Honesty put to the test in the Tri-State with 'What Would You Do?' on Fountain Square

CINCINNATI -- Do you trust your neighbor? New research says most American's don't trust each other.

According to an AP-GfK poll conducted last month, only one-third of Americans say most people can be trusted. Half felt that way in 1972, when the General Social Survey first asked the question.

When faced with a situation, will people do the right thing when no one's looking? It's a question WCPO wanted to get answered.

On Tuesday, a boy from Blanchester was rewarded for turning in money he found on the street two years ago. No one claimed it, so police are giving it back to him.

Then there's a rabbi who found $98,000 inside a desk bought on Craigslist.

And back in September, Glen James, a homeless man from Boston, turned in a backpack filled with more than $40,000 in cash to authorities.

For his honesty, Americans rewarded him with a fund of $92,000.

WCPO talked to ABC's "What Would You Do?" host John Quiñones about what he's seen in his seven years of watching people.

"I'm still inspired by society more often than not," Quiñones said. "People do the right thing, everyday heroes step up and do something really impressive sometimes at risk to themselves."

Quiñones' inspiration for the show sprang from "The Ethicist," Randy Cohen's former New York Times column answering questions from readers about ethical situations.

In 400 "What Would You Do?" scenarios, the show's crew keenly observed what bystanders do: Intervene or pass by -- and how they do it.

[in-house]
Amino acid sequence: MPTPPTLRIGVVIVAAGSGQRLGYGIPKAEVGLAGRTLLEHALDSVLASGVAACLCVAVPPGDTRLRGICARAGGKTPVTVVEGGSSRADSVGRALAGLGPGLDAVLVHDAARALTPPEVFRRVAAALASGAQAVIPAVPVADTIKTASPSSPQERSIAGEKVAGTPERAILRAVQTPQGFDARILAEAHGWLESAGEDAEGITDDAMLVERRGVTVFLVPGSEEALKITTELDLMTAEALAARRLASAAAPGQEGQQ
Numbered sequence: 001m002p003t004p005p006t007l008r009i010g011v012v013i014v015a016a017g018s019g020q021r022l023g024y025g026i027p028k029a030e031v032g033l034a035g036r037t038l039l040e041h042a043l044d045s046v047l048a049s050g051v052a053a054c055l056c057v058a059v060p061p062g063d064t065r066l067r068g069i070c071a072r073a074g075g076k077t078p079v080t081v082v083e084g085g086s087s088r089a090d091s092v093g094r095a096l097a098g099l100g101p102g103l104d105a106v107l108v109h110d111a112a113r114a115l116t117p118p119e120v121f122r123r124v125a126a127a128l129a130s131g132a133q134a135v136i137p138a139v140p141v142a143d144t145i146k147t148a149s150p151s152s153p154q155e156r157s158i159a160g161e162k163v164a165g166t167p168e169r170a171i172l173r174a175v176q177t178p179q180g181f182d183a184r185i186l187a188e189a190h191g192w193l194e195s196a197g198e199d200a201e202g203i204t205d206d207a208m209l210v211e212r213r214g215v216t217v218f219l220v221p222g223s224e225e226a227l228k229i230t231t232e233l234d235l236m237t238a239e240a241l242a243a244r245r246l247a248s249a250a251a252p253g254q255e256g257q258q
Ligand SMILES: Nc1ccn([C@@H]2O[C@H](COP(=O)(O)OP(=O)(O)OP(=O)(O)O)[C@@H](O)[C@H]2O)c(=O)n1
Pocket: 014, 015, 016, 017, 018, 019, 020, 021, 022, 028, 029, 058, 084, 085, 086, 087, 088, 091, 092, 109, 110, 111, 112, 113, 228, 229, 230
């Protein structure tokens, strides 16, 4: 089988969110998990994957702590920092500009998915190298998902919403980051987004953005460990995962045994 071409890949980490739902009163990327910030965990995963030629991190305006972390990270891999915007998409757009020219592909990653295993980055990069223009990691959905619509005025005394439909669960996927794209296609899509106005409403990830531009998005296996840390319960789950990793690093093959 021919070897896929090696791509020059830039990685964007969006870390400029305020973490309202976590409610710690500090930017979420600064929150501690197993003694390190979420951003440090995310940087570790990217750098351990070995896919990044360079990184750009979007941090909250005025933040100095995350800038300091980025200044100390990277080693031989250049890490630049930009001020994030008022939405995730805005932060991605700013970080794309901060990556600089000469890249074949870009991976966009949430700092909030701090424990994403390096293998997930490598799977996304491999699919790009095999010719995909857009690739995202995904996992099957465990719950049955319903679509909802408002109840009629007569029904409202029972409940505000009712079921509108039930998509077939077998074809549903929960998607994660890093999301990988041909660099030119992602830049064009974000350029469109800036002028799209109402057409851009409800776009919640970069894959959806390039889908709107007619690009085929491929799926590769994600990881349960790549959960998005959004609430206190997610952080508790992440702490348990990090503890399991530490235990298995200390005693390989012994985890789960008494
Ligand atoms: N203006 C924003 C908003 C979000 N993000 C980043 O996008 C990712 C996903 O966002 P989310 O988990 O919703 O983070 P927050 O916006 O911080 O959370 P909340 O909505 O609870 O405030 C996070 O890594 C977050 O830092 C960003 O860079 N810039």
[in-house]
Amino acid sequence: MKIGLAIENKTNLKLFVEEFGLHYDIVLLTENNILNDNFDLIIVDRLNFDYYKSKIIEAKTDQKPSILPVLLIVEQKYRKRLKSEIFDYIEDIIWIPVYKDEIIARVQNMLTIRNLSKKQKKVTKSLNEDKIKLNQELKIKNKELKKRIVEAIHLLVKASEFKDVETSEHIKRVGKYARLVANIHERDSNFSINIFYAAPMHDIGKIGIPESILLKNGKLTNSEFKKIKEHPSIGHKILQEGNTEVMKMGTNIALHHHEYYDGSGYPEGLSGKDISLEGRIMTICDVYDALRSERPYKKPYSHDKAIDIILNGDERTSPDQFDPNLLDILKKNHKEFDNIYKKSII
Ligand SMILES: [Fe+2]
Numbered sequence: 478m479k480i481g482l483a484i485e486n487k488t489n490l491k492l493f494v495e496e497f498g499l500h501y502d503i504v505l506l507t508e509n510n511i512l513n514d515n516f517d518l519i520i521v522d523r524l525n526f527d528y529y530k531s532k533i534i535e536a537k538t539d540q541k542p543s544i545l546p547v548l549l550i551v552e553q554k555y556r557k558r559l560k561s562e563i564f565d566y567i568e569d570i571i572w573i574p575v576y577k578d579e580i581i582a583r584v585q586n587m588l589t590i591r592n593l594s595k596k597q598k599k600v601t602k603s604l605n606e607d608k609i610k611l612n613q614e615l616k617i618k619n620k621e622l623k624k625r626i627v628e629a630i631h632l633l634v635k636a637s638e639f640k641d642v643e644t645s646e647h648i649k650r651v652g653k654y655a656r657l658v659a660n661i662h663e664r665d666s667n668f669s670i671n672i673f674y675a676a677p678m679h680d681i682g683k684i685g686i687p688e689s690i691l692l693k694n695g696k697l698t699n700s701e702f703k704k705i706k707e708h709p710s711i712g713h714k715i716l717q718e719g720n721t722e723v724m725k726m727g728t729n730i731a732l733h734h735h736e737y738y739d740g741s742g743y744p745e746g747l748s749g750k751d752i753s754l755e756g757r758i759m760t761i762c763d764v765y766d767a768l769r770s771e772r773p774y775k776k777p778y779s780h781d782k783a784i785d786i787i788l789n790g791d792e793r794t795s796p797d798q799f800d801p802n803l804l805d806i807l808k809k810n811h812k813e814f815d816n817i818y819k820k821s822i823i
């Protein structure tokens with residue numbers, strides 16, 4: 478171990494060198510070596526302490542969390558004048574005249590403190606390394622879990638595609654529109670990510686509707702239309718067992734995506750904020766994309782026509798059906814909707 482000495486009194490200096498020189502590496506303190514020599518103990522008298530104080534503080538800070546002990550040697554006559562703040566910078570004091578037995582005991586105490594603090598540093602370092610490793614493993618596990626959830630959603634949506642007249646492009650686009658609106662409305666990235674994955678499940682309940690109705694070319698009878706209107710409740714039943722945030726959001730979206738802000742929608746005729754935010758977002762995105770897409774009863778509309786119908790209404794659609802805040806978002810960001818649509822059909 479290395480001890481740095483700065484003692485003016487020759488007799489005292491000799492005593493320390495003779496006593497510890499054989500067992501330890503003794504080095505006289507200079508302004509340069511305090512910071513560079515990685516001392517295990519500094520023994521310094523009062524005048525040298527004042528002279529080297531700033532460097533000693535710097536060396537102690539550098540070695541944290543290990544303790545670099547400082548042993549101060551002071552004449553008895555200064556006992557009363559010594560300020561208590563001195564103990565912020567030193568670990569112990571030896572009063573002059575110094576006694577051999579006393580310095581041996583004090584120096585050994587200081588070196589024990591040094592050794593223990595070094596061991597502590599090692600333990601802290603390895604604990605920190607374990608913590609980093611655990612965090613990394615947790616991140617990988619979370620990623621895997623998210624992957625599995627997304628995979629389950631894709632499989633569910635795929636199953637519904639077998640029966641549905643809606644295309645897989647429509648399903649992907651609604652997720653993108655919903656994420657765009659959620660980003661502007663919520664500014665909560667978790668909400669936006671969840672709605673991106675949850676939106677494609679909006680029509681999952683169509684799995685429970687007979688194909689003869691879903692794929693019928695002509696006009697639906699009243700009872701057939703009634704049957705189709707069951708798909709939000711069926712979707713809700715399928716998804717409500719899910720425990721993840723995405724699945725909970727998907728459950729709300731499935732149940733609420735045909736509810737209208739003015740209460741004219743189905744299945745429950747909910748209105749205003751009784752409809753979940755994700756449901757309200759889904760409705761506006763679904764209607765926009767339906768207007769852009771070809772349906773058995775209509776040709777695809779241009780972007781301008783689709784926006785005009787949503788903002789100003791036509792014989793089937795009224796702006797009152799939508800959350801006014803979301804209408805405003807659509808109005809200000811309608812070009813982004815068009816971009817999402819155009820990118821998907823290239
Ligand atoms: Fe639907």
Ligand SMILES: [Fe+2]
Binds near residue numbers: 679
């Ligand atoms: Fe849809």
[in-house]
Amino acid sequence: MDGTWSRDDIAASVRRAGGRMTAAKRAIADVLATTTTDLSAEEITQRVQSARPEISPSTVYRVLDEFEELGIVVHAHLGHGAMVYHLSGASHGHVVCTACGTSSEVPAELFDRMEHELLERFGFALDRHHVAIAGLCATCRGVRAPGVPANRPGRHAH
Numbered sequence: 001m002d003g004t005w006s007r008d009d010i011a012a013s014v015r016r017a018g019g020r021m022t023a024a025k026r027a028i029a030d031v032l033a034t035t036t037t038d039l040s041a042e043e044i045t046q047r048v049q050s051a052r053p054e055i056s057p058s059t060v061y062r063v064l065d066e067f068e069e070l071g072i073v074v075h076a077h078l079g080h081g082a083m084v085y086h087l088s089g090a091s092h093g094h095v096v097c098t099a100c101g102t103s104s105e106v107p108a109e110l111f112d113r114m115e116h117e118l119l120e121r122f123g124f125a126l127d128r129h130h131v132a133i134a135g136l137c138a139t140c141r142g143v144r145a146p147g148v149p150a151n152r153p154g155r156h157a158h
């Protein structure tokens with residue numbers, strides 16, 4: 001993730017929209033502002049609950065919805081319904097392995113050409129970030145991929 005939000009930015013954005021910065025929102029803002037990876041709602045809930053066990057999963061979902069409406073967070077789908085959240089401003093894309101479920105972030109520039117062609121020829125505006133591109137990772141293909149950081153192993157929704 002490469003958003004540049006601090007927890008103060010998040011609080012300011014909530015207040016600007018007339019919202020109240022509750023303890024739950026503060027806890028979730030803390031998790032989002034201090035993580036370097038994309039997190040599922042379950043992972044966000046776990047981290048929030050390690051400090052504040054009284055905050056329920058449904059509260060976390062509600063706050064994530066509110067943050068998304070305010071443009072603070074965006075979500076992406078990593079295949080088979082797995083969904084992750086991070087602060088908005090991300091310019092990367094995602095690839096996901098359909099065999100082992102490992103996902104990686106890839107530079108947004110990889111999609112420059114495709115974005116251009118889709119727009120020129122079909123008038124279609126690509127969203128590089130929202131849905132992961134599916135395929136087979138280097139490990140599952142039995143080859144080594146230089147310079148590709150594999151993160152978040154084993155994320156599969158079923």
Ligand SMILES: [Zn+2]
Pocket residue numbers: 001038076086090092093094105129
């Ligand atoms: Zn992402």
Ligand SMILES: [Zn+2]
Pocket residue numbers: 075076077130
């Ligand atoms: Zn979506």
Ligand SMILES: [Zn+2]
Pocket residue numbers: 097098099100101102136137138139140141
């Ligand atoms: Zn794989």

With millions of views on YouTube, "What Would You Do?" has become a conversation starter in families and across the globe. At its core, it's about the courage it takes to do the right thing, and the fundamental values of integrity.

Quiñones said women and people with a personal connection are more likely to step in.

"We find that if you can connect with the victim -- you're a woman who was abused, gay person, Hispanic, African American -- you connect with them and you respond much more quickly," he said.

Quiñones said the show also shines a light on stereotypes that still exist in some form in our country.

"You and I...we might go into a store and if we're not dressed well, we might be followed around and when we complain about it other people will say 'that doesn't happen,'" he said. "Well we put a hidden camera on it and we show you how it really does happen."

Meanwhile, WCPO wanted to put Cincinnatians to the test, so we set up our own "What Would You Do?" on Fountain Square.

With two hidden cameras and one in plain sight, WCPO watched what people did when they saw a $50 bill fall from our producer's pocket.

There were people who couldn't be bothered and just walked right over the bill. Then there were some people that picked it up and put it in their own pockets. A women who picked up the bill -- with two children by her side -- said, "Well if you see money on the ground, wouldn't you pick it up?"

We are happy to report the majority of people who saw the money fall picked it up and returned it.

"I would want someone to do that for me, It's the thing you should do," said one woman who handed the bill back to WCPO's producer.

There was even a gentleman who broke out into a sprint to ensure the money was returned.

C.S. Lewis said, "integrity is doing the right thing even when no one is watching."

The Tri-State did the right thing, and we were watching.

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